The following game was reviewed on an Xbox Series X.
In a first for the many decade-old arcade and home console drum-beating rhythm game series, Taiko no Tatsujin: The Drum Master! made its way to Xbox One and Xbox Series consoles as well as the Microsoft Store for PC this week and launched right into Xbox Game Pass. Developed by Bandai Namco Studios, the Taiko no Tatsujin games are all about beating a Taiko drum to the rhythm of the beat. No drum set is required for this though, as your Xbox controller makes for a fine substitute. Just be sure it is a controller you do not care for because there is a good chance you are going to smash it while playing this game.
The rules of the game are simple: blue and red notes symbolizing the section of the drum that needs to be hit will come on screen, and all you have to do is hit the right button on your controller corresponding to said note. Some special kinds of notes will require smashing buttons on your controller, but for the most part, all you need to do is learn the rhythm of a song’s main melody. It sounds simple at first, but like all rhythm games, higher difficulties will demand your full attention and button-pressing skills. That means mum’s phone call is going to have to wait.
Player’s familiar with the series will know of the game’s Japanese-centric aesthetics and visuals, and this also boils to the game’s song selection. No, you will not find anything from Primus Sailing the Seas of Cheese, or whatever else you blast freely on public transportation for all to see. There are, however, plenty of TV-size anime, video games, a couple of pop, Vocaloid, war chest classical pieces, and Namco original songs to play. Most of these songs are fast-paced and do a great job of giving an adrenaline rush, especially when you’ve got a great rhythm going, but not all will like this game’s song selection. More songs can be purchased later on, but that function was not yet ready at the time of this writing. Coins earned from beating these songs can be used to unlock the rest of the game’s music or to dress up Don the drum and net your player profile some sweet swag.
Taiko no Tatsujin is super fun. The gameplay is easy to pick up on but hard to master. Learning the songs are only half the playtime—mastering many of them across the game’s four difficulties and bettering your score feels great. The visual cacophony paired with the excitement of building combos is easily what this game excels at. As the game speed increases, notes can get blurry but personally, that did not impact my experience with the game negatively. Playing locally with family is also a blast, but I usually ended up winning because no one else here plays rhythm games. This is where online play comes in, and it works well although apparently everyone ever is better than me at smashing their controller. Very frustrating!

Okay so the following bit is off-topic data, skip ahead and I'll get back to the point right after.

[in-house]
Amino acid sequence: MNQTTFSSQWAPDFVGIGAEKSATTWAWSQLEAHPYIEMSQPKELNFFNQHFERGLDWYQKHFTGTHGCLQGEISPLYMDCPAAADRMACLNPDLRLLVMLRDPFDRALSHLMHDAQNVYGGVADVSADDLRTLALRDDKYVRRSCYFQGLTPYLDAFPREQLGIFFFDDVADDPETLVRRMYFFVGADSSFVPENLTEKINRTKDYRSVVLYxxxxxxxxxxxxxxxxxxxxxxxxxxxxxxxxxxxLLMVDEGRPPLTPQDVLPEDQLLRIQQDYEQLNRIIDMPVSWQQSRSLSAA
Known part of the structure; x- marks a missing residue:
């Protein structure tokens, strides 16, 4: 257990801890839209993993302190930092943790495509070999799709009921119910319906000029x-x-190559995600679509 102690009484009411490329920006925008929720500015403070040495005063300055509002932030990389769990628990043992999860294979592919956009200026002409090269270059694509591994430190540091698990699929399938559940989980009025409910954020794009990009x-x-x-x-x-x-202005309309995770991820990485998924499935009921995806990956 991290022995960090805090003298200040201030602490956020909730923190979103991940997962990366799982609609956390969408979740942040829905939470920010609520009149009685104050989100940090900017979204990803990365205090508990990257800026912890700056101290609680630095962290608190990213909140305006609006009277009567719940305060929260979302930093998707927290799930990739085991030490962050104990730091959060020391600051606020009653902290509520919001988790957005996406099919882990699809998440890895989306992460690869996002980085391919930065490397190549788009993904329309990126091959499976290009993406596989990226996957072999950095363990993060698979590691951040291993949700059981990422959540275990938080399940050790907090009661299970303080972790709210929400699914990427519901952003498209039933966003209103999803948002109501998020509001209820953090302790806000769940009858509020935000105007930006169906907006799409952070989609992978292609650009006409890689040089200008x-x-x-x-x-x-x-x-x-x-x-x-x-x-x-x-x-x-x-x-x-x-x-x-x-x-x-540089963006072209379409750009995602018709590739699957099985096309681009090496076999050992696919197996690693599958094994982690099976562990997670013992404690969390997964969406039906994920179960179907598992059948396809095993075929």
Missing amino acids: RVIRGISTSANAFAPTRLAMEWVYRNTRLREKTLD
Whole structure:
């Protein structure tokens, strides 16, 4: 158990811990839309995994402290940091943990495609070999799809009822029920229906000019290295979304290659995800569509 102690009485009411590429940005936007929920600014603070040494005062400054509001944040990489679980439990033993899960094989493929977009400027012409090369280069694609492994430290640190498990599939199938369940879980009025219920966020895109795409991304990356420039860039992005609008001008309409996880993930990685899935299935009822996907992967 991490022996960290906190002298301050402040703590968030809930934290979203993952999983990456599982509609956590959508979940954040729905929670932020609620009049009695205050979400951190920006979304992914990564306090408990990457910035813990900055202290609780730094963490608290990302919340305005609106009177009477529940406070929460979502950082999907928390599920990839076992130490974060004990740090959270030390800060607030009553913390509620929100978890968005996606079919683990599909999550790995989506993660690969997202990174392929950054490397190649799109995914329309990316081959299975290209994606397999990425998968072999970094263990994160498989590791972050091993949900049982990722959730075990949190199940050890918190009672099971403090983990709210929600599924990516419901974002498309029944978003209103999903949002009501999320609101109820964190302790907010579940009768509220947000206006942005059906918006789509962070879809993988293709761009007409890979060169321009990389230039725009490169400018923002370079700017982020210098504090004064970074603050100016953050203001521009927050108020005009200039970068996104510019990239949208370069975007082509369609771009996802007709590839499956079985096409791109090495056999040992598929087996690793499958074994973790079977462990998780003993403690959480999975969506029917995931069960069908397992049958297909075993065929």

Now there is a big oversight for this release: the game does not support previously released Taiko drum controllers on Xbox. You see, besides your controller, normally you could buy a Taiko drum controller to connect and play the game, just like the arcade releases. But as of this writing, there are no possible ways for players to do that on Xbox consoles. Higher difficulties of many songs, while possible, are much better done on a drum set because of how close notes become and how fast they pile in. And if I’m being honest, the Xbox controller is not all suited for rhythm games because of how fast the button pushes back after being pressed. I hope Bandai Namco can rectify this in the future because the best way to play Taiko is with a Taiko.
Taiko no Tatsujin is an excellent rhythm game. The game’s song selection might not be varied enough, but they play great and are fun to master. It is a charming experience for even the most casual player pulled in by a song from their favourite anime or game, and great yet slightly disappointing to the Taiko drum-owning returnee on Xbox looking to smash their drum to the rhythm of the beat.
Taiko no Tatsujin: The Drum Master!
Xbox Series X
- Lovely visuals across the menu and in-game rhythm playfield.
- Fast and frantic drum gameplay works great on the controller. Easy to pick up, hard to master.
- Song selection is music to my ears!
- Limited controller binding customisation and no drum support on Xbox consoles. Some song difficulties can be impossible on a controller.
- Song selection might not click with some, and at the game's $50 price, might be an even harder sell.